EVALUATION OF SURGICAL SUCCESS
At the end of the GATT procedure, an external episcleral venous fluid wave may be observed in the area behind the limbus. This fluid wave is a transient blanching of the veins, seen when irrigation is turned on in the anterior chamber (Figure 2). This fluid wave shows the patency of the distal collector canals. I have found that patients with less than 4.5 clock hours of episcleral venous fluid wave required postoperative antiglaucoma medication.4
Short-term use of steroids and antibiotics is necessary after GATT. IOP spikes can occur in the early postoperative period secondary to OVD use, and later secondary to topical steroid use. In these instances, the steroid should be switched to an NSAID. Pilocarpine may also be given for 4 to 6 weeks in patients with high postoperative IOP. Hyphema, another common postoperative complication, usually resolves spontaneously.
Adults and children with open or visible angles (primary congenital glaucoma, juvenile glaucoma, primary and secondary open-angle glaucoma) are ideal candidates for GATT. I perform this surgery mostly in patients with mild to moderate glaucoma, but I also use it in advanced cases, as GATT is a circumferential angle surgery.
Figure 3. Change in IOP over time after GATT (blue), combined GATT and cataract extraction (red), and GATT with prior cataract extraction (green).
In 75 eyes, IOP reduction rates were 40.1 ±17.5% after GATT, 38.5 ±19.7% after combined GATT and cataract extraction, and 36.5 ±17.3% after GATT with previous cataract extraction (P > .05; personal data; Figure 3).
SURGICAL TIPS AND TRICKS
Through my experience with GATT, I have acquired some surgical tips and tricks:
- Position the patient's head and the microscope properly to visualize the angle structures and locate Schlemm canal.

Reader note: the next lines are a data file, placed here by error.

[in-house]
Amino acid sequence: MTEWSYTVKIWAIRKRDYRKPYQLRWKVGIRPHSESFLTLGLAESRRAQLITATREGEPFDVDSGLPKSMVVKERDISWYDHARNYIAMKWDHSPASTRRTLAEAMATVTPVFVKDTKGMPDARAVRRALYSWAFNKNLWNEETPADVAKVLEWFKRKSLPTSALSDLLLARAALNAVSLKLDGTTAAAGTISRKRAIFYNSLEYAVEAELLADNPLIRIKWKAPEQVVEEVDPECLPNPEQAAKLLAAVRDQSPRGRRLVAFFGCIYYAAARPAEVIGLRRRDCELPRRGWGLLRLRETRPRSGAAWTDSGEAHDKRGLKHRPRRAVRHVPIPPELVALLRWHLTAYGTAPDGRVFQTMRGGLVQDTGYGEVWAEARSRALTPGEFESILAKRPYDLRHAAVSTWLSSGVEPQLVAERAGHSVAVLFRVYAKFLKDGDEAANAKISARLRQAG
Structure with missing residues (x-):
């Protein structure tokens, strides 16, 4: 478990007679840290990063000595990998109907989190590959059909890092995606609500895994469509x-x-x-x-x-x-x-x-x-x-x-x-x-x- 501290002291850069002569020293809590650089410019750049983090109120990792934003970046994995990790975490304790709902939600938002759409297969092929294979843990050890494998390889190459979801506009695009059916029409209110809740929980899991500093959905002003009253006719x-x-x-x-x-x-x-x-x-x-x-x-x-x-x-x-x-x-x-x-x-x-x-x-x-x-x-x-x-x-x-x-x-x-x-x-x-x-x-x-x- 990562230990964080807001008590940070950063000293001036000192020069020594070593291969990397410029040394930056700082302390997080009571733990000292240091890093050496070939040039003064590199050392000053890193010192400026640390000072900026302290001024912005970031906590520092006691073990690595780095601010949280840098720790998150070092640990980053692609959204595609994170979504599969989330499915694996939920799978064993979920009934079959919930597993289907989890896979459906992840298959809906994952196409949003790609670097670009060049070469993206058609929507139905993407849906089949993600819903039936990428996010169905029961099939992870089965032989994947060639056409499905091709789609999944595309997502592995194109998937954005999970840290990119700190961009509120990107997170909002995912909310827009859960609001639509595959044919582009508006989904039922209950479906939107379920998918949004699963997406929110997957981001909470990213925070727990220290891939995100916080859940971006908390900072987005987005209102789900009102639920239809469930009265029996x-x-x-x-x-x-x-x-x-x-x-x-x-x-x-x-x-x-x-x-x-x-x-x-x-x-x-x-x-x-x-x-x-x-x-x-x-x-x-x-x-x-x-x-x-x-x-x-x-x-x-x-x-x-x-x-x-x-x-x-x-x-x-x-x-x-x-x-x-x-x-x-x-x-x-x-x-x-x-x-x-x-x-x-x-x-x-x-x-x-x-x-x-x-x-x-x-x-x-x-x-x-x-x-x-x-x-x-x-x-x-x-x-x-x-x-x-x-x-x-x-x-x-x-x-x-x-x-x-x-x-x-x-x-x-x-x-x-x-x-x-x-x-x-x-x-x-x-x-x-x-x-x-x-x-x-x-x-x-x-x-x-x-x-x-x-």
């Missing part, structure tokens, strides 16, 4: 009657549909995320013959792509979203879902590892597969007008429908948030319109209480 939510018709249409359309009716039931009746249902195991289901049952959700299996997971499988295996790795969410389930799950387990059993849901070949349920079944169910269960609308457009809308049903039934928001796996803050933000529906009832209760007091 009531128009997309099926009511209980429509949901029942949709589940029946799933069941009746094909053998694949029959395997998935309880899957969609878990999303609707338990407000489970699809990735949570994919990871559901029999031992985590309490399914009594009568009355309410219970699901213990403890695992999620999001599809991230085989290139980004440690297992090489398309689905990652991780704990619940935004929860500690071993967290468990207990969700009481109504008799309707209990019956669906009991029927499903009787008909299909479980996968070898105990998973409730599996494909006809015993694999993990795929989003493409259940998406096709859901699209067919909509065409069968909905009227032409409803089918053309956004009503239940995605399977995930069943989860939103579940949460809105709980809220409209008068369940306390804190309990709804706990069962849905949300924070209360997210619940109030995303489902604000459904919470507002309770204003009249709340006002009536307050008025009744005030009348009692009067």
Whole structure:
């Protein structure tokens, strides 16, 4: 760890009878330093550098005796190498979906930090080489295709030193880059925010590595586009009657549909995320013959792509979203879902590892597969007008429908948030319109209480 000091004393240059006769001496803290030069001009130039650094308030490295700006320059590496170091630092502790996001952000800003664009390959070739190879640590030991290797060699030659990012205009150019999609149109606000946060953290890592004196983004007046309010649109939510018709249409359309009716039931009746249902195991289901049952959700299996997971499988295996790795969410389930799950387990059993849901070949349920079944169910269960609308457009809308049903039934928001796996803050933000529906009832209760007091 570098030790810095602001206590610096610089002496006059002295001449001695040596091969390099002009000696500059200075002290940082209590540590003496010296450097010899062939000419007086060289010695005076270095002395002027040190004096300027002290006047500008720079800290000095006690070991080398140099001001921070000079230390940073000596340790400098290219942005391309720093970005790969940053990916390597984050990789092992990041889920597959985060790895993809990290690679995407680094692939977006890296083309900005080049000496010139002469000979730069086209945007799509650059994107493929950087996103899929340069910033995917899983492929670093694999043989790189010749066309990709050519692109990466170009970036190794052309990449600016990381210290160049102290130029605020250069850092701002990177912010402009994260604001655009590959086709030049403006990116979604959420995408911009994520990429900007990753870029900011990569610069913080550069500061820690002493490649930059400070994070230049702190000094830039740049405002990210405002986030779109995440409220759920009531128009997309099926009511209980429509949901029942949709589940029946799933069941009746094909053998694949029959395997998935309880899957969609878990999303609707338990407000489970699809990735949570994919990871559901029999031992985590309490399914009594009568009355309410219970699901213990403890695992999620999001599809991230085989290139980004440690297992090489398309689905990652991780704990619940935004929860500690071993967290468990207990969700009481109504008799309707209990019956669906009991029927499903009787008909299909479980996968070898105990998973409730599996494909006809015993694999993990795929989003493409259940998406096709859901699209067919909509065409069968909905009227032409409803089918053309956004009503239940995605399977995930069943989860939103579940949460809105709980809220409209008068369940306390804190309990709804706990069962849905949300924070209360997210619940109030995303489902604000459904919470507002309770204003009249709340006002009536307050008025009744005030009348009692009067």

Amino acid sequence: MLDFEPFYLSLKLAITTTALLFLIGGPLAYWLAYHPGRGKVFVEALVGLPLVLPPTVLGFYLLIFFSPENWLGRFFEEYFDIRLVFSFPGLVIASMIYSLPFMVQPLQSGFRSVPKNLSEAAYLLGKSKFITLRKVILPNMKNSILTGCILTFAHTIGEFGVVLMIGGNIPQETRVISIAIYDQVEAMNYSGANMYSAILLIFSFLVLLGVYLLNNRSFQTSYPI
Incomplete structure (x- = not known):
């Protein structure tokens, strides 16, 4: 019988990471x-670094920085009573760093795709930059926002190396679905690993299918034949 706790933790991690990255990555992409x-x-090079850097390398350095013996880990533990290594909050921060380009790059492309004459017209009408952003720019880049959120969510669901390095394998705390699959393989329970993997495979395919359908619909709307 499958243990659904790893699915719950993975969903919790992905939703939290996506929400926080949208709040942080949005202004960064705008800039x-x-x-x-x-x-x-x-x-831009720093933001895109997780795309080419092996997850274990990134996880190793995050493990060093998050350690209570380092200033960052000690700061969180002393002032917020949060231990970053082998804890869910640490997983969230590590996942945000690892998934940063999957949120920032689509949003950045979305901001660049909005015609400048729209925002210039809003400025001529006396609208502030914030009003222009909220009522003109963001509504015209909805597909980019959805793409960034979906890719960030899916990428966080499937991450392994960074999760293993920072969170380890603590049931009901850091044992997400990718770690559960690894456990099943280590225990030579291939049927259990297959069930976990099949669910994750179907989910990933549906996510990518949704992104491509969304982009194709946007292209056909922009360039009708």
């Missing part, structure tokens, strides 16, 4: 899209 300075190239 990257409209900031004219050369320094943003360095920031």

- Fill the anterior chamber with OVD to avoid distorting the angle view while holding the gonioprism and to create a space to move your surgical instruments.
- Remember that, once Schlemm canal is located, a small amount of blood reflux might occur. If the angle view is obscured, stop and inject more OVD or utilize irrigation and aspiration.
- When GATT is combined with cataract surgery, perform the angle surgery first to avoid losing the perfect angle view after the cataract procedure.
- Keep in mind that GATT can be performed in patients with a history of incisional glaucoma surgery if the angle is still open.
- Note that, in the vast majority of cases, the suture passes all the way around. If the suture stops in the canal, push it slightly and try to pull the proximal part to yield at least a partial trabeculotomy. Then create another paracentesis inferotemporally to achieve a circumferential trabeculotomy.
GATT is a safe and effective procedure because it bypasses the TM circumferentially. Distal channel resistance limits the outflow to some extent, but this resistance also significantly reduces the risk of hypotony. Because it can be performed with a polypropylene suture, GATT provides surgeons with a cost-effective option for MIGS.
1. Grover DS, Godfrey DG, Smith O, Feuer WJ, Montes de Oca I, Fellman RL. Gonioscopy-assisted transluminal trabeculotomy, ab interno trabeculotomy: technique report and preliminary results. Ophthalmology. 2014;121(4):855-861.
2. Grover DS, Fellman RL. Gonioscopy-assisted transluminal trabeculotomy (GATT): thermal suture modification with a dye-stained rounded tip. J Glaucoma. 2016;25(6):501-504.
3. Grover DS, Godfrey DG, Smith O, Shi W, Feuer WJ, Fellman RL. Outcomes of gonioscopy-assisted transluminal trabeculotomy (GATT) in eyes with prior incisional glaucoma surgery. J Glaucoma. 2017;26(1):41-45.
4. Aktas Z, Ozmen MC, Atalay HT, Ucgul AY. Evaluation of episcleral venous fluid wave during gonioscopy assisted transluminal trabeculotomy in patients with advanced glaucoma. Eye (Lond). 2019;33(4):668-673.